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John Prine Concert Tour and Reviews 2007

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John Prine at the Uptown Theater, Kansas City, MO Feb 3, 2007
Opening: Maura O'Connell -- Band: Dave Jacques and Jason Wilber


By: Timothy Finn | The Star

Full Review at: -----
   For a guy who has written so many great lyrics, John Prine is a man of few words, at least during his live shows. So be it: Less talk means more music. Saturday night, Prine and his sharp-dressed two-man band (guitarist Jason Wilber and bassist Dave Jacques) performed at the a very sold-out Uptown Theater (about 1,700 in attendance), and they filled two solid hours with two dozen of his best songs. ----- His voice may be cracked, scratched and dented by age and the throat cancer he vanquished, but Prine, 60, can still deliver his songs with whatever emotion is necessary: humor, sadness, melancholy, poignancy or joy.
   When he did chat with the crowd, he typically said something brief but funny. Before "Glory of True Love," he mentioned the song's co-writer, Roger Cook, and said: "I had my wife in mind when I wrote this and was hopin' he didn't."
   Before "In Spite of Ourselves" with Maura O'Connell, he said with some chagrin: "Nobody tell Iris," as in Iris DeMent, former KC resident, who recorded the song with Prine for the album of the same name. (O'Connell also joined him on "Long Monday" and "Takin' A Walk," cuts from his 2005 album, "Fair and Square." )
   What he said after "Your Flag Decal ..." -- Jesus don't like killin, no matter what the reason's for -- wasn't funny but it got a big cheer: "I'll sure be glad when I can put that one away." Knowing he was in Missouri, he changed the lyric in "Illegal Smile" to "the judge's name was Ashcroft," which got laughs, cheers and a few boos.
   Comedy and politics aside, mostly this show was about his music and his lyrics, which can be incomparably trenchant and poignant all at once. Prine writes in simple prose, but he conveys truths and sentiments that are as universal as they are deep and complex.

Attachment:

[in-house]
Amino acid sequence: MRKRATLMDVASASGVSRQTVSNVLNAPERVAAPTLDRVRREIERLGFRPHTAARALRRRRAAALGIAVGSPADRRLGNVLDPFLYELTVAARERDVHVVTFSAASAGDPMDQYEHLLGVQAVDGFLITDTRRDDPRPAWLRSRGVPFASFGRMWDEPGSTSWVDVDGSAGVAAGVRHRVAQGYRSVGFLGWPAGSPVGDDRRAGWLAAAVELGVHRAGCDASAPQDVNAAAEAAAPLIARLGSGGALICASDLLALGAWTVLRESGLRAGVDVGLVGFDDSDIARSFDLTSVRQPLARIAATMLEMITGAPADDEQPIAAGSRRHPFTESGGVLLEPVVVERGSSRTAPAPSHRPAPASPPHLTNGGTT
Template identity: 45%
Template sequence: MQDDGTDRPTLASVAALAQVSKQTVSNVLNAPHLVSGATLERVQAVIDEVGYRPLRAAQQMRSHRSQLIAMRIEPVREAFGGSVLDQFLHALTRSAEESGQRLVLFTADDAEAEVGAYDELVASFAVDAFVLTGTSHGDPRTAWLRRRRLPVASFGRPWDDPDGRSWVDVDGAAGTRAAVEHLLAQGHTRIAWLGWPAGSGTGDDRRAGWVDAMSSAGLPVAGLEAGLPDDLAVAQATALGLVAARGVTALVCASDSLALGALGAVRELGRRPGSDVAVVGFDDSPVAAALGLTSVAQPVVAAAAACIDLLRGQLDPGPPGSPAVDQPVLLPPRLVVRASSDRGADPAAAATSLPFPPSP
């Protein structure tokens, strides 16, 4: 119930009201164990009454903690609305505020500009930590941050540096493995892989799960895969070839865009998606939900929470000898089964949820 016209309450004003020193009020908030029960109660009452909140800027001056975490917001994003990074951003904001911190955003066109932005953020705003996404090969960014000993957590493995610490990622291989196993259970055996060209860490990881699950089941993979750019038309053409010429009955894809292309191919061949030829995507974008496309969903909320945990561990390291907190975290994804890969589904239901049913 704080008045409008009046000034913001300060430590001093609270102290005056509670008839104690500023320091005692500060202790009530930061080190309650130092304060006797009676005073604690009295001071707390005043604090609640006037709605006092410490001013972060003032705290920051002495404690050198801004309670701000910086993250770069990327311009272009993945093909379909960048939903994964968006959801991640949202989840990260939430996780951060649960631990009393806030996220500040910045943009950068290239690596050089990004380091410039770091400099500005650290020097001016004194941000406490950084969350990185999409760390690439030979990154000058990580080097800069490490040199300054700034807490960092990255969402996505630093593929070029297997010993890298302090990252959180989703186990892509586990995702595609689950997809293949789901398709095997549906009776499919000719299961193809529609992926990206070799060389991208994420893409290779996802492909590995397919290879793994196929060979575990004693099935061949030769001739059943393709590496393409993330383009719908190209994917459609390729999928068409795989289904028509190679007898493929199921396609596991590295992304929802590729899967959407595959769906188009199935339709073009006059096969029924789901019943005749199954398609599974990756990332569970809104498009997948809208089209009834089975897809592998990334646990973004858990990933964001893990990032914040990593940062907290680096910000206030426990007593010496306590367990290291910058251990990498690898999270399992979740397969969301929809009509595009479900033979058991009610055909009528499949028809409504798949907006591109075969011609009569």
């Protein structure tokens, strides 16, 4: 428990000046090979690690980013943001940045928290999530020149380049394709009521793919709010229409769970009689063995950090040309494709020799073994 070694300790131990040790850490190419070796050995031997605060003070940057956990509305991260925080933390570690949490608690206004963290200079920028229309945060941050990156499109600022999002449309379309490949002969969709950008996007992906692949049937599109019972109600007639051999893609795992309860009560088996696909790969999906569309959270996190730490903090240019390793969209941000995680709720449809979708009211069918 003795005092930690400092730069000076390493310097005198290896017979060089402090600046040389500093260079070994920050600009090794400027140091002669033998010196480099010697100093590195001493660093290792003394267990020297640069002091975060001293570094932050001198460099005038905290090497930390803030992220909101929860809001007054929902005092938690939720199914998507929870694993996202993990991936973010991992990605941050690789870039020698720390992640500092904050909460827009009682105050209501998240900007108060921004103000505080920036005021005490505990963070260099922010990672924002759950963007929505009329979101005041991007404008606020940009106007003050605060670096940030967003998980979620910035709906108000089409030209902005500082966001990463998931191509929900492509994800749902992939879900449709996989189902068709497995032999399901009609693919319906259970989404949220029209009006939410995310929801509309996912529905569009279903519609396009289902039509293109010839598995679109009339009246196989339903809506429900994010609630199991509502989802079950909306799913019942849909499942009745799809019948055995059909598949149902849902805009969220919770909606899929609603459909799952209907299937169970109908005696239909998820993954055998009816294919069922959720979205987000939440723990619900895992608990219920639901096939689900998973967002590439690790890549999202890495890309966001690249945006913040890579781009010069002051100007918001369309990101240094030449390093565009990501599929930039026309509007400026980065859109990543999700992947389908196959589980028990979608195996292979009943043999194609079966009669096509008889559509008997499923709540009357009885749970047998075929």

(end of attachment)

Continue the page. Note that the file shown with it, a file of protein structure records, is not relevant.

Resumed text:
The crowd this evening was a blend of a few generations, but most looked like they were boomers who bought "John Prine" when it was first released nearly 36 years ago. During "Illegal Smile," when he sang the line "And all my friends turned out to be insurance salesmen," it prompted laughs and cheers of recognition and resignation. -----
   That was one of the night's better moments. -----
   Others: "Souvenirs," "Hello in There" and "Sam Stone." And if I hear it 1,000 more times before I die, I'll still never get tired of hearing him sing "Angel From Montgomery." He flubbed the lyrics to "Big Old Goofy World" but made up for that with a flawless rendition of "Paradise." He could have gone on for another two hours; he has enough material. And if he had, I'm guessing most of this big, appreciative crowd would have chosen to stay instead of leaving for the big cold world outside. ----- Setlist: Spanish Pipe Dream / Your Flag Decal Won't Get You Into Heaven Anymore / Six O'Clock News / Storm Windows / Souvenirs / Grandpa Was A Carpenter / Fish and Whistle / Glory of True Love / Long Monday / Takin' A Walk / Angel From Montgomery / You Got Gold / Donald and Lydia / Dear Abby / Illegal Smile / Sam Stone / Bear Creek Blues / She Is My Everything / Ain't Hurtin' Nobody / Hello in There / Lake Marie. Encores: Big Old Goofy World / In Spite of Ourselves / Paradise.